Did you know a denim fabric made in Japan has its own history of development? It comes from Fukuyama, a city in the eastern part of Hiroshima Prefecture that produces about 80% of Japan’s denim fabric.
Ever since the first lord of the Fukuyama domain, Katsunari Mizuno, started promoting the production of cotton in the Edo Period, the textile industry has flourished, becoming part of the area’s culture.
In the late Edo Period, Bingo kasuri was invented — Bingo was the province that encompassed Fukuyama in what is now eastern Hiroshima Prefecture. It became one of the three major types of kasuri, along with Iyo kasuri in Ehime Prefecture and Kurume kasuri in Fukuoka Prefecture.
The weaving skills for thick fabrics and indigo-dyeing techniques that were developed for Bingo kasuri have been passed on to manufacturers of denim fabrics, enabling the quality of Fukuyama denim, which is highly regarded by renowned fashion brands in Japan and abroad. Fukuyama companies engage in all of the stages of the manufacturing process — spinning, weaving, dyeing, sewing, washing and selling — making it possible to complete an entire production chain there.
However, Fukuyama has not been widely recognized among the public as the city of denim because denim-related companies in the city focus mostly on business-to-business trading, leaving people unaware that what they are wearing came from Fukuyama.
This is why the Bicchu Bingo Japan Denim Project was launched in 2016 in a collaboration among denim-related companies and municipalities in the Bicchu (western Okayama Prefecture) and Bingo areas to promote the denim-producing region.
The project consists of various elements, one of which is the Bicchu Bingo Denim Commercialization Contest started in 2021, which collects designs for products that use denim from across Japan. The submitted designs are given the chance to become commercial products. Last year’s contest gathered 303 entries. The project participated in the Milano Unica, the world’s premier textile exhibition, in 2018.
On the international front, the city organized a tour for foreign buyers to visit denim-related factories and hold business meetings last November to help denim producers expand their sales channels abroad. Yuichiro Tominaga, the head of the city’s Industry Promotion Division, said, “We used parts of Fukuyama Castle such as Tsukimi Yagura (Moon-watching Turret) as the venue for the business meeting sessions, providing the buyers with an unusual and memorable experience of feeling the history of the city.” The year 2022 was the 400th anniversary for the castle, a rare example of a castle that stands right next to a shinkansen station and can even be viewed from the platform.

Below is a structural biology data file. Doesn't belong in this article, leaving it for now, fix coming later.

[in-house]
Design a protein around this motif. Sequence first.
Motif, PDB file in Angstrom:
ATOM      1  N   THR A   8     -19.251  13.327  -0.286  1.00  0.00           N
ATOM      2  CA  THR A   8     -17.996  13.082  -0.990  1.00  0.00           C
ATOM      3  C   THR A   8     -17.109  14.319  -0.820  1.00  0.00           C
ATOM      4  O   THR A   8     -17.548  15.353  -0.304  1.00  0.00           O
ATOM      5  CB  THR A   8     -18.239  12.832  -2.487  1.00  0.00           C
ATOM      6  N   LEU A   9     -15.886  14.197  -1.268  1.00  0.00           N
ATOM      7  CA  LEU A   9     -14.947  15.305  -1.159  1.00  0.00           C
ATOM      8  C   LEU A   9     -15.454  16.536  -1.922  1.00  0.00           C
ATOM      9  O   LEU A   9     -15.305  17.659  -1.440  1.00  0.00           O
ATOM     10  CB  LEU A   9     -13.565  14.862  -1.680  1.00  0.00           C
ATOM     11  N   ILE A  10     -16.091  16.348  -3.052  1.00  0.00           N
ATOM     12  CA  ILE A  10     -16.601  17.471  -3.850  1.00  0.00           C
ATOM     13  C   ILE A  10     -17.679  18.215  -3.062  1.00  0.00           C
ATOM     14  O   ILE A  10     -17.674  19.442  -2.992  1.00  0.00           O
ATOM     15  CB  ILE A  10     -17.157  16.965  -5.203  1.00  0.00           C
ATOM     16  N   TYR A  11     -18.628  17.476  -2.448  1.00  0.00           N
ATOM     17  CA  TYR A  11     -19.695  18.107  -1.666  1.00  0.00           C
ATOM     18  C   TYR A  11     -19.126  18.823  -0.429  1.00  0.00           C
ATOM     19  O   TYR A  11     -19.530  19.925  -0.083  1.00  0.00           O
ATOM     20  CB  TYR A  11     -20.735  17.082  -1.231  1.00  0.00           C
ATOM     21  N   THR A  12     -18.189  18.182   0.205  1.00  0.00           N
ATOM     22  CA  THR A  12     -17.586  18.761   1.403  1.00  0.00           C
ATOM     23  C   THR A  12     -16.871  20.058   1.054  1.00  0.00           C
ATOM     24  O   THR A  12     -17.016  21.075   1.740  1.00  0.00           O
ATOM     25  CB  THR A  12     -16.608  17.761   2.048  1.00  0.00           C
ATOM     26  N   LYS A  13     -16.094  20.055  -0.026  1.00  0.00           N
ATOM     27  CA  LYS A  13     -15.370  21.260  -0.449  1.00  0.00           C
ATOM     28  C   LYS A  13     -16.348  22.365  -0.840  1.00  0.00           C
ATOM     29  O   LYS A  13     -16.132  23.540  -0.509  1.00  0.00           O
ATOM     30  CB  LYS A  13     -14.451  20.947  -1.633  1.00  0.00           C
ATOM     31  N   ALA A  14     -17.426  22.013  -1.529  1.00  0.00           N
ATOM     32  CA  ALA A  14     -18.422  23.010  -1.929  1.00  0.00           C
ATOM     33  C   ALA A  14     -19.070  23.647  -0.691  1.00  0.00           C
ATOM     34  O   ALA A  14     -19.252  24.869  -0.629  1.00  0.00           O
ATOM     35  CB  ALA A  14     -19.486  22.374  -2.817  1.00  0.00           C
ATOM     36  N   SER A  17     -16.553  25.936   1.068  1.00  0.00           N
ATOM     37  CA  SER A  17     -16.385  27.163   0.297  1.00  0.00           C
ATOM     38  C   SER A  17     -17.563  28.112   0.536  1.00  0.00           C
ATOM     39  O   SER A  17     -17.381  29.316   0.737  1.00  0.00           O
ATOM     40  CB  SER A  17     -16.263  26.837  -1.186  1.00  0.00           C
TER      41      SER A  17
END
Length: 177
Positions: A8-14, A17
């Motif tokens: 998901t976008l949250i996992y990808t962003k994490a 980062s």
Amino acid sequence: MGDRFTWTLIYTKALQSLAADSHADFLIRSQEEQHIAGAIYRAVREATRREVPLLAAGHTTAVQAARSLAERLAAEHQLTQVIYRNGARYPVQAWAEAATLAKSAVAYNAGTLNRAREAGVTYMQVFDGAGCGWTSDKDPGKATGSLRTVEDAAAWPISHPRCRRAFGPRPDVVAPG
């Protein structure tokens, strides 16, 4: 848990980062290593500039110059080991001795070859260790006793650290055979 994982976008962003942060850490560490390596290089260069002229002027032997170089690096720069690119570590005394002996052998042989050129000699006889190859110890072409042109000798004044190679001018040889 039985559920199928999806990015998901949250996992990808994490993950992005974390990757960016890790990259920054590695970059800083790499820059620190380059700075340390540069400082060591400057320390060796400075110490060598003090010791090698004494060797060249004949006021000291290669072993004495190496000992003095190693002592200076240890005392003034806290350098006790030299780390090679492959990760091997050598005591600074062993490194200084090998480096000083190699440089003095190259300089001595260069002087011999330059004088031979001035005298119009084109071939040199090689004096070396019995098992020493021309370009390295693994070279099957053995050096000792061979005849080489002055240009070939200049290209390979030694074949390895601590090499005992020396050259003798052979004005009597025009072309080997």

November is also Wear Denim Month for employees of the city government. Since 2016, the workers at City Hall wear denim to work every November as part of the promotions of Fukuyama as the city of denim.
These efforts seem to be paying off. According to a survey conducted by the city, the percentage of men and women living in the Tokyo metropolitan area who, when shown about 20 statements describing Fukuyama, selected “the top denim production area in Japan” as something they knew about the city, increased from 9.1% in 2017 to 24.4% in 2021.
In recent years, Fukuyama has also seen an increase in the number of young people visiting from other areas to learn about the manufacturing of denim fabric and products. The promotion of local denim products has been expanding to the private sector, and some companies have started using denim fabric for their uniforms. One hotel has denim-themed rooms. There also are various events featuring denim.
Tominaga revealed that new and environmentally conscious ideas are popping up, such as collecting and recycling local companies’ uniforms and combining them with denim fabric to create something new in an initiative from the private sector, contributing to the promotion of local denim and sustainability at the same time. Fukuyama has become the focus of high expectations both home and abroad as a denim-producing area that meets the needs of the times and can stand tall in the world.
Fukuyama is a member of the Sustainable Japan Network, a group of companies and municipalities that cooperate with this newspaper in spreading information about sustainability in Japan. You can also be part of the network; please visit https://sustainable.japantimes.com/sjnetwork-jp for more details.